An election official may have broken the law by agreeing to Lindell’s plane ride

  • MyPillow CEO Mike Lindell said he took Colorado election official Tina Peters on his jet in August.
  • According to a Colorado law, Peters was not allowed to accept gifts — including trips — worth more than $65.
  • Lindell said he also paid $800,000 for Peters’ legal defense costs out of his own personal funds.

Former Colorado election official Tina Peters may have flouted a state ethics law by agreeing to a private plane ride from MyPillow CEO Mike Lindell.

Lindell revealed to 9News reporter Marshall Zelinger Tuesday that he took Peters on his private jet in August when he took her to his cyber symposium in Sioux Falls, South Dakota.

“I gave him a ride — at the cyber symposium, I bring people from all over the country,” Lindell told 9News. “She came to the cyber symposium with the Colorado group. I took people. I invited all 50 states. All 50 states were represented. Here’s your answer. Another dumb question from a dumb reporter.”

However, Peters’ acceptance of the car ride may have violated Amendment 41, a Colorado directive that prohibits public officials like Peters from receiving gifts — including trips — that cost more than $65.

“If you are not a close friend or family member of an elected official or public employee in Colorado, you can only give someone a gift of $65 per calendar year,” a Jane Feldman, former executive director of the Colorado Independent Ethics Commission, told 9News.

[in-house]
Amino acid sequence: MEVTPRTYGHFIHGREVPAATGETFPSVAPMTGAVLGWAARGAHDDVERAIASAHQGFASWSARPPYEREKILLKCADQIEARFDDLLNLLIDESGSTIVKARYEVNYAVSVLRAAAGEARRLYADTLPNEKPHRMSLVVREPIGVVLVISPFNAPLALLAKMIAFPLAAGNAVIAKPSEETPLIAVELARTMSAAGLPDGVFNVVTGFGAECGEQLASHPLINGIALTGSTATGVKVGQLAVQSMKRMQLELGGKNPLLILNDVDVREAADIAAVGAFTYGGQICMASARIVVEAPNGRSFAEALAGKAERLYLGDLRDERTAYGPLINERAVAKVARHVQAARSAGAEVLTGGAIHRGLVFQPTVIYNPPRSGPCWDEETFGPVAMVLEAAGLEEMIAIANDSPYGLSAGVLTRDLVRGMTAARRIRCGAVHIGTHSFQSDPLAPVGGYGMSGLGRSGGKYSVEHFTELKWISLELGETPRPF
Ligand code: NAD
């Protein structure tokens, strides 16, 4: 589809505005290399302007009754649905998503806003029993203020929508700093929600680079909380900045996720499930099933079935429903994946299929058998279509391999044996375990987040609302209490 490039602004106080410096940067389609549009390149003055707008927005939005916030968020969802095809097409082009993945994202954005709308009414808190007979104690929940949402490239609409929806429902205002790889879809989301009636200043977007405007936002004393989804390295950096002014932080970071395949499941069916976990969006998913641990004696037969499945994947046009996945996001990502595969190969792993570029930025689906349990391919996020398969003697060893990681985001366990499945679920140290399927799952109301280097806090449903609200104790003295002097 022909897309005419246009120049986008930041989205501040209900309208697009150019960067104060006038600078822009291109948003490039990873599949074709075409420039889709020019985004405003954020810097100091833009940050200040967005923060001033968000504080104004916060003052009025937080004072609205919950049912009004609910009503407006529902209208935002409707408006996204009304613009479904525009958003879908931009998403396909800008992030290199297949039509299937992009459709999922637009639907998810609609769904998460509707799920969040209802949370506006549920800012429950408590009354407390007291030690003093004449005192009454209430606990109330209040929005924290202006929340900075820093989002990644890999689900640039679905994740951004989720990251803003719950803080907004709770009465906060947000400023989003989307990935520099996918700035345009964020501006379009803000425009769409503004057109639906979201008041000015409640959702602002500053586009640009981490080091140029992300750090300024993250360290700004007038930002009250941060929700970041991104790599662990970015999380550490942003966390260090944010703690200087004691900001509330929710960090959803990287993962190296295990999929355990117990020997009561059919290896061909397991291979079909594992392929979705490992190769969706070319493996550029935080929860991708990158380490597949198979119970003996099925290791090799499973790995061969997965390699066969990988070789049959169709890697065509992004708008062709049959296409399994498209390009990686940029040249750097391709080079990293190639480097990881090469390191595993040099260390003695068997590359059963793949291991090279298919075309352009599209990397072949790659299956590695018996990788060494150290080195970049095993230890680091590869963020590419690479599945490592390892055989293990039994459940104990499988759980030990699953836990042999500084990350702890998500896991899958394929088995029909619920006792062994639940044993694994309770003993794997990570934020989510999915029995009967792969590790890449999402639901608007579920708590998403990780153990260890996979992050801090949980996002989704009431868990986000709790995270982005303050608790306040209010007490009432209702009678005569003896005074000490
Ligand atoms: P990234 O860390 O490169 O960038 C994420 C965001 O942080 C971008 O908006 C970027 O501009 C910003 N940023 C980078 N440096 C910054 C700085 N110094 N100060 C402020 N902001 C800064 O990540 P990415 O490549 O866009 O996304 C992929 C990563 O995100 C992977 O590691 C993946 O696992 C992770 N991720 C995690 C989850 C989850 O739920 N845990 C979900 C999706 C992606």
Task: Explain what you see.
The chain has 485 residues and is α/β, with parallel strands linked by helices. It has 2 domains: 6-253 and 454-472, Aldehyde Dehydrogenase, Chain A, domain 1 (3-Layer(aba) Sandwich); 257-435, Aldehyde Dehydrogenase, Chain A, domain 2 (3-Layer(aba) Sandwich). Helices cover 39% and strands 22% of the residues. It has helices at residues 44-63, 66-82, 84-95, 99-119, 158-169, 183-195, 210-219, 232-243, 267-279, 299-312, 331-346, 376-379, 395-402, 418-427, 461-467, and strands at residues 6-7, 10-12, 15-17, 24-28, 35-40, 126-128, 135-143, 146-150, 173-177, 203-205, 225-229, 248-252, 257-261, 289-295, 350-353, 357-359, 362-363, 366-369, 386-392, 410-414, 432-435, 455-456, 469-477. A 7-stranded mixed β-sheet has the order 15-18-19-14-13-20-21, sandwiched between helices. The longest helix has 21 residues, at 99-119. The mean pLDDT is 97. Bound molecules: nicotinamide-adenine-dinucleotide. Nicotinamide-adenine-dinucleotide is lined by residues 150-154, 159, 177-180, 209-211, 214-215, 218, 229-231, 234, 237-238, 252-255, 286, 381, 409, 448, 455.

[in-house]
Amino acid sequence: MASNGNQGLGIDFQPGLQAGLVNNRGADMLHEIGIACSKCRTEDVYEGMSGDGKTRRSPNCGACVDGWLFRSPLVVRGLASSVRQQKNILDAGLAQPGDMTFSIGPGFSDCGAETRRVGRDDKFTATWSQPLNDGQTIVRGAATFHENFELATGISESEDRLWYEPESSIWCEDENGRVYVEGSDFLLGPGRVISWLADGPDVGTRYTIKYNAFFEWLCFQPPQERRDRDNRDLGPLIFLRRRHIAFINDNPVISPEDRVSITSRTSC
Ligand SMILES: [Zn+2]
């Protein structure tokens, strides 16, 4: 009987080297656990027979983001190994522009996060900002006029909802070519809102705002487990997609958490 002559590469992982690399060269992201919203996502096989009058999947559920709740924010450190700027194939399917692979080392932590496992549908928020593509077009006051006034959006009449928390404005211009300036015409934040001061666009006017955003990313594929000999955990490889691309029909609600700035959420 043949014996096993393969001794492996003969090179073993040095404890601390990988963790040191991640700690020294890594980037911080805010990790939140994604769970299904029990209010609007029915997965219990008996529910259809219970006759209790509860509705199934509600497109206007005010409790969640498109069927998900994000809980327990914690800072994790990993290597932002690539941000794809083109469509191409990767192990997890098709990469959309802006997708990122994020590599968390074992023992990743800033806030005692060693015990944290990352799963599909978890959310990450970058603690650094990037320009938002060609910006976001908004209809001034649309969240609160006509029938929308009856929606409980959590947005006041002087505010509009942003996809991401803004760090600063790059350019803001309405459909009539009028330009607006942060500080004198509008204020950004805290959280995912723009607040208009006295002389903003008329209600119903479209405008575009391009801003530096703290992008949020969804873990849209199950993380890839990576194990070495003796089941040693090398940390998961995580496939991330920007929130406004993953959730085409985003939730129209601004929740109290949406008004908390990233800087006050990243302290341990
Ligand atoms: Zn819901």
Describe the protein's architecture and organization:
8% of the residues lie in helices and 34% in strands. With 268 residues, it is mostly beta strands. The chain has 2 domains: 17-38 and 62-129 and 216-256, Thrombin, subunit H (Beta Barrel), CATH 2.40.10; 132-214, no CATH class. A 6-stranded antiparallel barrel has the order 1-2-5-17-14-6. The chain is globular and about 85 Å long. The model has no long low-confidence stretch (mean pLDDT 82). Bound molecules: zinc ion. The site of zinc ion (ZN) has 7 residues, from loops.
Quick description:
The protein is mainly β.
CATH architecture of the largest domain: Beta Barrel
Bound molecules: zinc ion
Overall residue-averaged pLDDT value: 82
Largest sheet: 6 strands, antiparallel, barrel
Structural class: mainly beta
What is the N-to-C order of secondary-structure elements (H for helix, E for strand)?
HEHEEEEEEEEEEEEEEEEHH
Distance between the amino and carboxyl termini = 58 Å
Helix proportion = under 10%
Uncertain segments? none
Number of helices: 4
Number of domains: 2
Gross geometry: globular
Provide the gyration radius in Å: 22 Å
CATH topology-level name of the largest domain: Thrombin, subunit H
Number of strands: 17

Lindell told the outlet that he didn’t know Peters until he met her at the symposium. Feldman said such a statement could potentially undermine any claim that Lindell was Peter’s “close friend” when he took her to Sioux Falls, according to 9News.

Lindell also said he invested $800,000 in Peters’ legal defense, though he didn’t specify when that happened, according to the outlet. “I just put all the money in myself,” Lindell said. “I don’t know, I probably put in three, four, five, maybe 800,000 [dollars] of my own money.”

Insider spoke with Lindell on Tuesday, who reiterated his contribution to reimbursing Peters’ legal fees. He noted that the funds came from his “personal money”, which was redirected through one of his platforms called the Lindell Legal Offense Fund.

Peters was indicted by a grand jury in March for leaking sensitive voting machine data. She was charged with 10 counts related to the violation, including attempting to influence a public official, criminal impersonation and identity theft.

In a separate interview with Insider in March, Lindell defended Peters, saying the Colorado state government had falsely accused Peters of crimes.

“She’s a Gold Star mom. She’s never had anything in her life, she’s never had a jaywalking ticket. She’s cleaner than ever. They’re trying to accuse her of things, like, you are you kidding me?” Lindell said, calling Peters a “hero.”

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